BC introduces amendments to consumer-protection legislation
27 February 2019
By Kevin Zakreski
Yesterday, a new bill was introduced in the Legislative Assembly of British Columbia containing significant amendments to BC’s main consumer-protection statute, the Business Practices and Consumer Protection Act. Bill 7, the Business Practices and Consumer Protection Amendment Act, 2019, adds a new part to the act to deal with high-cost credit products. The bill will also establish the Consumer Financial Education Fund, to promote financial education in British Columbia.
A news release from the provincial government’s ministry of public safety and solicitor general spells out the following changes in Bill 7:
- create borrowers’ rights and remedies;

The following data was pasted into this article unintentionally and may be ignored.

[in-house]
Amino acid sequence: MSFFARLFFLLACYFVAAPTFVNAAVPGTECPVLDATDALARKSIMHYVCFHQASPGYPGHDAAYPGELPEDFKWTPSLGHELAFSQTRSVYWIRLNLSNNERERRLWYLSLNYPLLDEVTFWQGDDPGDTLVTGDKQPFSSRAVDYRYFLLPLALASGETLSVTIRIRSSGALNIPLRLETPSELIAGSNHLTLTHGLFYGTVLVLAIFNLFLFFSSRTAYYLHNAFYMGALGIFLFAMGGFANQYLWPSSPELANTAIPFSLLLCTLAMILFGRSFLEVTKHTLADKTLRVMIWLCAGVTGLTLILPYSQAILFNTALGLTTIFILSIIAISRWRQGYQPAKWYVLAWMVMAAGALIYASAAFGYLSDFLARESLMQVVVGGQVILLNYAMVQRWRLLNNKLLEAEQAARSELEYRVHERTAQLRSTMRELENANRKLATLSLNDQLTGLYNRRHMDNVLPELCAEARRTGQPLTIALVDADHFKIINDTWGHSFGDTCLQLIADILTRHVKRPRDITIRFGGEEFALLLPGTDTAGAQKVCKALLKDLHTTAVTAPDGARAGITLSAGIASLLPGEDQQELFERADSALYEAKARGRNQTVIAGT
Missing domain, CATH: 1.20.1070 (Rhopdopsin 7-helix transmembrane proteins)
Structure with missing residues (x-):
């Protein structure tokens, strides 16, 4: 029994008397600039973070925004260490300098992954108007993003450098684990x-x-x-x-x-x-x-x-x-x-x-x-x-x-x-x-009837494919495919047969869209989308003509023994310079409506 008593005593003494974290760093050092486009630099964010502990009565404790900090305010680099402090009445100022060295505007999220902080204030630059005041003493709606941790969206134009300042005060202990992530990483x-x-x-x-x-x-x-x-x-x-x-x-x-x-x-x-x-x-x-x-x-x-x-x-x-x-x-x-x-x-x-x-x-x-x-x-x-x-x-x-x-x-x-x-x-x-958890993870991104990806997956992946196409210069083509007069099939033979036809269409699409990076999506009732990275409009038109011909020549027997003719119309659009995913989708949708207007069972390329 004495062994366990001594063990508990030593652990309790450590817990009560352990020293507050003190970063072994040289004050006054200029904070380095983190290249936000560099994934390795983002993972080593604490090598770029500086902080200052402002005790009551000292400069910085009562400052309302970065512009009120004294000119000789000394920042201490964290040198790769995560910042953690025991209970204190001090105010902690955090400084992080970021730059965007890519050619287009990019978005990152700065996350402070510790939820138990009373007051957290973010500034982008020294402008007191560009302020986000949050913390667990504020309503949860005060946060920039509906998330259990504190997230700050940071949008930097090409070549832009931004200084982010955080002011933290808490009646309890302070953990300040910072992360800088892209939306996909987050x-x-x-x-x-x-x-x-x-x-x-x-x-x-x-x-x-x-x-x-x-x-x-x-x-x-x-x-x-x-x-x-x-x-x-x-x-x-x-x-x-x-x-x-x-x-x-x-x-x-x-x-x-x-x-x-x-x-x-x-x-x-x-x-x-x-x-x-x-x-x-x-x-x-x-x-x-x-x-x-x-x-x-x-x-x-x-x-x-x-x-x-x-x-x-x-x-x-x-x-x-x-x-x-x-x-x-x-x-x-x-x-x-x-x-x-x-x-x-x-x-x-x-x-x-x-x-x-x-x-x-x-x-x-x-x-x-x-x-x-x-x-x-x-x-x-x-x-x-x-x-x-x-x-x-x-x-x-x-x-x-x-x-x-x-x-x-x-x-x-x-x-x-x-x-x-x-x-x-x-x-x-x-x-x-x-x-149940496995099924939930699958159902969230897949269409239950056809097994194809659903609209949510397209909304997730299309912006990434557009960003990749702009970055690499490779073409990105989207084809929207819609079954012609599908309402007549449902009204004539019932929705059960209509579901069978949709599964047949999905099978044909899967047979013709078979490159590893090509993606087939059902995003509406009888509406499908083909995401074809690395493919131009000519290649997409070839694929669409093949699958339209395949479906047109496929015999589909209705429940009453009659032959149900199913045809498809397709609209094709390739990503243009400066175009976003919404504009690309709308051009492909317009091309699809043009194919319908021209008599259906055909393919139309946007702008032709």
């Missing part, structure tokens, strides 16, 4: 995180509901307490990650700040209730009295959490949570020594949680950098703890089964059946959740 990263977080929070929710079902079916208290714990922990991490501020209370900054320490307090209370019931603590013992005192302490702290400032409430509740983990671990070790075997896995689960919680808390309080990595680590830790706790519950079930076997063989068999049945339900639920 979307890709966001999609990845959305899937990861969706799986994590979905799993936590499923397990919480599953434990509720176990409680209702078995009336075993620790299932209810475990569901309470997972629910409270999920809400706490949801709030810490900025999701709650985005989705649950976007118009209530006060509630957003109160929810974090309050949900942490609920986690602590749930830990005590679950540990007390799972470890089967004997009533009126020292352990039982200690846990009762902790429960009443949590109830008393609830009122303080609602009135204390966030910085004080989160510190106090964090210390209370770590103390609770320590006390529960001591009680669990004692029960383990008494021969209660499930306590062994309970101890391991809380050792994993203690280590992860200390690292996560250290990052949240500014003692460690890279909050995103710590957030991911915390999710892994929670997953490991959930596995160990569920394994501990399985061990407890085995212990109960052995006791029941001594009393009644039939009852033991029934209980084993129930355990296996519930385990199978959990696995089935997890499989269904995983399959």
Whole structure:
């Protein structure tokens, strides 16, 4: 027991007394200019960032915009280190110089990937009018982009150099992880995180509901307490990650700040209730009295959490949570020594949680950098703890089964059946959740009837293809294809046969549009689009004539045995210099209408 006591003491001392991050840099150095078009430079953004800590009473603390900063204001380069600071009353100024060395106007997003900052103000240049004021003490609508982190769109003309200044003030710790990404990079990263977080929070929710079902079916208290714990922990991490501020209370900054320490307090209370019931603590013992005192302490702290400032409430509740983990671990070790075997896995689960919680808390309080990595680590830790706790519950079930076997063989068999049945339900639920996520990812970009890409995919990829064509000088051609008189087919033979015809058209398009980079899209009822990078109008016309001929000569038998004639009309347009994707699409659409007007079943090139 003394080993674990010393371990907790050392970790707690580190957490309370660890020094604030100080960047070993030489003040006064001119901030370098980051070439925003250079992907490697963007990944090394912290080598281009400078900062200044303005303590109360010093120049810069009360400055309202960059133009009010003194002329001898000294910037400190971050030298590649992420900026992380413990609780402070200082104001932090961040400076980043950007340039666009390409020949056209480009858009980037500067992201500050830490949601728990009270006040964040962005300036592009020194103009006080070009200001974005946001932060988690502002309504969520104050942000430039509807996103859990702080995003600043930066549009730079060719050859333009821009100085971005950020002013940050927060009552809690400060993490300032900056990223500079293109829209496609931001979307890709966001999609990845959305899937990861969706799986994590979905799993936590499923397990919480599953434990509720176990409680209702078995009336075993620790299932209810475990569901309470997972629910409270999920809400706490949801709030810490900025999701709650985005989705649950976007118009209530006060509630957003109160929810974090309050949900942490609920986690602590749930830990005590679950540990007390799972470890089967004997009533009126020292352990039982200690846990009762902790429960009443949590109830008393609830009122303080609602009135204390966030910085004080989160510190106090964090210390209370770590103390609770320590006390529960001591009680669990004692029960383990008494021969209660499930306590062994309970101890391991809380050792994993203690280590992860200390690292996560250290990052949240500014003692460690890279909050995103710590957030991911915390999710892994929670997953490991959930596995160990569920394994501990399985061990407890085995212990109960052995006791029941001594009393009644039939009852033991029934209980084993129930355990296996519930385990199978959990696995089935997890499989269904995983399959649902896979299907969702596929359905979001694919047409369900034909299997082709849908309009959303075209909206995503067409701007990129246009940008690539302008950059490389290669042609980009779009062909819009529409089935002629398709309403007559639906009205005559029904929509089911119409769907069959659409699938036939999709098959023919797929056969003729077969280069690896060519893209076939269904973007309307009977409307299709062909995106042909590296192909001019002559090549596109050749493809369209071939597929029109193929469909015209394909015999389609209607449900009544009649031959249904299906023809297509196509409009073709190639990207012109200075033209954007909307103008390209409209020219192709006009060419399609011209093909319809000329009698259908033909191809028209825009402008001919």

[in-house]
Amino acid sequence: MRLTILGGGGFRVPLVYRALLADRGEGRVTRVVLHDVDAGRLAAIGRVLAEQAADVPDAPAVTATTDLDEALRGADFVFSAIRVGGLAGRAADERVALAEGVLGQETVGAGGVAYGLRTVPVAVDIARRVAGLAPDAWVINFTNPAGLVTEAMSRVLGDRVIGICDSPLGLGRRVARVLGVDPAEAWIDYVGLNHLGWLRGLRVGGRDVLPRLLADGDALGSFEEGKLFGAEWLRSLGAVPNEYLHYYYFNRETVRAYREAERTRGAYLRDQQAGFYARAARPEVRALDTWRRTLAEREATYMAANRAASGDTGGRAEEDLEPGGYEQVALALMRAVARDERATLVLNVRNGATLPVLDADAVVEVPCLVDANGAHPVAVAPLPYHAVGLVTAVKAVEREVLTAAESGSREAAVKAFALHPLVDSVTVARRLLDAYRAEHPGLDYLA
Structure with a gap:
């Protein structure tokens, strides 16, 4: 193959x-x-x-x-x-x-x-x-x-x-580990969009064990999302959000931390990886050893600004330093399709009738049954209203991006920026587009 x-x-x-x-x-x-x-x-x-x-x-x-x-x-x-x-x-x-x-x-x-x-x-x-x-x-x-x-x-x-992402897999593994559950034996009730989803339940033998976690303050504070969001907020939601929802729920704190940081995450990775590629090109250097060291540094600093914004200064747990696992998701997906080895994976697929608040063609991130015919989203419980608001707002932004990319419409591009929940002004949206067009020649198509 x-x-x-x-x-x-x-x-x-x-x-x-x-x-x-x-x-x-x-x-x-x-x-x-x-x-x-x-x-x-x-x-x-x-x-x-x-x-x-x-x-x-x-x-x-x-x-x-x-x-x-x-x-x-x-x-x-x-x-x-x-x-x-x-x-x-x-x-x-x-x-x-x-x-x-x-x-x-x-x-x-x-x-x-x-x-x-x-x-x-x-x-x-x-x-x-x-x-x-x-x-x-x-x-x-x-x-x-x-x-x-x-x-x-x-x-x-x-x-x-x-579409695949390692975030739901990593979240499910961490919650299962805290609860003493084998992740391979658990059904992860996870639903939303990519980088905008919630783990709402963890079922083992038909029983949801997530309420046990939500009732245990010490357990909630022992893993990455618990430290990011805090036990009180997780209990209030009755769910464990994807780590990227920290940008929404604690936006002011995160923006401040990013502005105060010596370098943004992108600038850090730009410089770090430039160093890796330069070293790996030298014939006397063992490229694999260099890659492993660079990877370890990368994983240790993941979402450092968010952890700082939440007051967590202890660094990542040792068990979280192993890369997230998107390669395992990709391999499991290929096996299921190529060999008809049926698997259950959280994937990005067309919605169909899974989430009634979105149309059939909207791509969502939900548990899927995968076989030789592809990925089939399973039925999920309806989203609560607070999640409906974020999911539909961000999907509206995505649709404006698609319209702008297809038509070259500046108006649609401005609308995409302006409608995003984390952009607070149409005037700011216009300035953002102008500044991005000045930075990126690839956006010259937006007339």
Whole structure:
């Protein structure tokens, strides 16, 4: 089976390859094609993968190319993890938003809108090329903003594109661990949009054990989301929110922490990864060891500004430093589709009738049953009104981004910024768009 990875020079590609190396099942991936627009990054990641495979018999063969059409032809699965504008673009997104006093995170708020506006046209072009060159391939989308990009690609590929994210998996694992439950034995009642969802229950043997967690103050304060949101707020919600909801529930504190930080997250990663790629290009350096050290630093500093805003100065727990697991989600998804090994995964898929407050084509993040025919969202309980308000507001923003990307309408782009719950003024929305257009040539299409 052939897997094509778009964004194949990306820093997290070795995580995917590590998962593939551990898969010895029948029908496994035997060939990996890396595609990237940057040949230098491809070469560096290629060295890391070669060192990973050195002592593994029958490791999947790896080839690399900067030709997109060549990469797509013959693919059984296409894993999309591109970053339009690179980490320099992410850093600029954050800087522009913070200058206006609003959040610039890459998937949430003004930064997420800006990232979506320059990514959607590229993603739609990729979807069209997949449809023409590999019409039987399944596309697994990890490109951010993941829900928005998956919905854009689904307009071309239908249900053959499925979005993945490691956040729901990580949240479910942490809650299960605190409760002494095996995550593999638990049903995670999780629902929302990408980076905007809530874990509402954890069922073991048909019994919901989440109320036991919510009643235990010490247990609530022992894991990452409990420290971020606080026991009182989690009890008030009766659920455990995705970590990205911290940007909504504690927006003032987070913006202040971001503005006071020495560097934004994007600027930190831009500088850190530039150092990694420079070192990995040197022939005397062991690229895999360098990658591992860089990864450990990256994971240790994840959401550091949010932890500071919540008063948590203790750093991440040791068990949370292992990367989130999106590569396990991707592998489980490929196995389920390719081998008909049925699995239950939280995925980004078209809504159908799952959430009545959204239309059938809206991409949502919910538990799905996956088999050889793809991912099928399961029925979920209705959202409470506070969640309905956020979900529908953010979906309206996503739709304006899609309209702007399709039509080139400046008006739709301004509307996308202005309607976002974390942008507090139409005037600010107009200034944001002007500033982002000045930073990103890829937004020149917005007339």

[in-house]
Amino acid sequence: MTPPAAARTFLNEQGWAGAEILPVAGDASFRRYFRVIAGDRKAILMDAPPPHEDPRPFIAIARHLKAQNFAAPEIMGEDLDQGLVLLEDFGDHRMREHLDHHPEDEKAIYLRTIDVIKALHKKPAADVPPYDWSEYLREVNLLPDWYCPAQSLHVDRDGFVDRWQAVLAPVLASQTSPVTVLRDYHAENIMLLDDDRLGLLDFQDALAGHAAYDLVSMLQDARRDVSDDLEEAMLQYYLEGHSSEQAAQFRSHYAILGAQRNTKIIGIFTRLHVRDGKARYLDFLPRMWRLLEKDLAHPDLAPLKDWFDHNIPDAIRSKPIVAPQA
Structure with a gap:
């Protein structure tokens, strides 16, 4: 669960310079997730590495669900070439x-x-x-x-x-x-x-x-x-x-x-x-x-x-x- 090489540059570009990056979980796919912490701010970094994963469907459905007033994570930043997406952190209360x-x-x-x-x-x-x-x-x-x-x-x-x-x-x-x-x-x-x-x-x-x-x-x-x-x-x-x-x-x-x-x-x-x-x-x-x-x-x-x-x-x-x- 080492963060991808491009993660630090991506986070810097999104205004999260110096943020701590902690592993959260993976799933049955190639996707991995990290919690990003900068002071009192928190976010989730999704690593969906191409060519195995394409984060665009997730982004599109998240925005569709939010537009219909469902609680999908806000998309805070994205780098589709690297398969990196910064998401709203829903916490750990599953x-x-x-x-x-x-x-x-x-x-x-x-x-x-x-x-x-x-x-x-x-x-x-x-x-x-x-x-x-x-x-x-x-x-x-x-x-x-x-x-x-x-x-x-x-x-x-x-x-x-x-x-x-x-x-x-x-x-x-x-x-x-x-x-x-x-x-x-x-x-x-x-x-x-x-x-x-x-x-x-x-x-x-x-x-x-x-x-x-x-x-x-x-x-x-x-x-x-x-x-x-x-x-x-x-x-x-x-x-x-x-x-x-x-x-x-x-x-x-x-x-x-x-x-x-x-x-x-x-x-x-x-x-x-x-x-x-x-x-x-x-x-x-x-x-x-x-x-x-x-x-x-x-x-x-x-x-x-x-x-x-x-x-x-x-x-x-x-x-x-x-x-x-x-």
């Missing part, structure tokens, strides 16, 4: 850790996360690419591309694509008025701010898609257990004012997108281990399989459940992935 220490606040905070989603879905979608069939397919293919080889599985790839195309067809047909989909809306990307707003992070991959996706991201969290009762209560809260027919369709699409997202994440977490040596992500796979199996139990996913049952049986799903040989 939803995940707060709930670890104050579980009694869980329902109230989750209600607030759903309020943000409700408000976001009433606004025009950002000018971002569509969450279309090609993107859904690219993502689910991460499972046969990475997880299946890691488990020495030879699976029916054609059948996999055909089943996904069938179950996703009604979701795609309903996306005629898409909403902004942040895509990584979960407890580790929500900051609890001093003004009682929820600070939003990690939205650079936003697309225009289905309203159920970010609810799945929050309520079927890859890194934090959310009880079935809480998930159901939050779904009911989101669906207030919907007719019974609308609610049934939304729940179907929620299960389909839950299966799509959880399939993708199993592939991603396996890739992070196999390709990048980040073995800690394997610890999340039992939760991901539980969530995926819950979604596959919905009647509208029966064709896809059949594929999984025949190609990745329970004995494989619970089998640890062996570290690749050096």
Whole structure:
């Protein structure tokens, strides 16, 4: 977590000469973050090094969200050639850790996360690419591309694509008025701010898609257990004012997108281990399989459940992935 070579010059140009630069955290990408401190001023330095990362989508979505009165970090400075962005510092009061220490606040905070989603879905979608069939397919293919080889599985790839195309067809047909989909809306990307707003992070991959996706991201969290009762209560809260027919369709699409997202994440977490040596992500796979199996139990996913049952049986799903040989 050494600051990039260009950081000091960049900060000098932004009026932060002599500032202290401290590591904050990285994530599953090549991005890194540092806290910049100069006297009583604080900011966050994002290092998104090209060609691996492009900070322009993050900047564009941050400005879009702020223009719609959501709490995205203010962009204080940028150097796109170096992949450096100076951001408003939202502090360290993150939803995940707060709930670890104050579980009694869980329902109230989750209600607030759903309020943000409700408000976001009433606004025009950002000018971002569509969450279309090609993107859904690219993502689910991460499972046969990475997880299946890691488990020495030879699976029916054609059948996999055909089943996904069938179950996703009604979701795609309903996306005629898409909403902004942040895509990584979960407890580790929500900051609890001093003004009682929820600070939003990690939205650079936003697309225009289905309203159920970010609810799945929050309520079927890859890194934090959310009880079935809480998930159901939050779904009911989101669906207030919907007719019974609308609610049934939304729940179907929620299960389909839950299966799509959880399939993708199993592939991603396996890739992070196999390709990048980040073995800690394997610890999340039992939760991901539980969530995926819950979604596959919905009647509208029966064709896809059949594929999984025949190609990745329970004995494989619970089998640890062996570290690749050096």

- set limits on the total cost of borrowing;
- prohibit certain fees and charges;
- restrict the use of borrowers’ personal information;
- protect people from wage assignment, terms and conditions that are unfair, potentially harmful and expensive “hard sell” options, as well as enticements to enter into high-cost credit product agreements;
- require businesses that provide high-cost credit products to be licensed by Consumer Protection BC; and
- enable Consumer Protection BC to enforce the act’s amendments and future regulations.
“In addition,” the release continues “changes to the act, if passed, will further build on changes from 2018 to strengthen payday lending laws, with new changes that include prohibiting the sale of insurance on payday loans.”
Finally, the release notes the following on the Consumer Financial Education Fund:
A new consumer financial education fund will be established under the act to enhance consumer financial education throughout the province. The fund will be administered by Consumer Protection BC.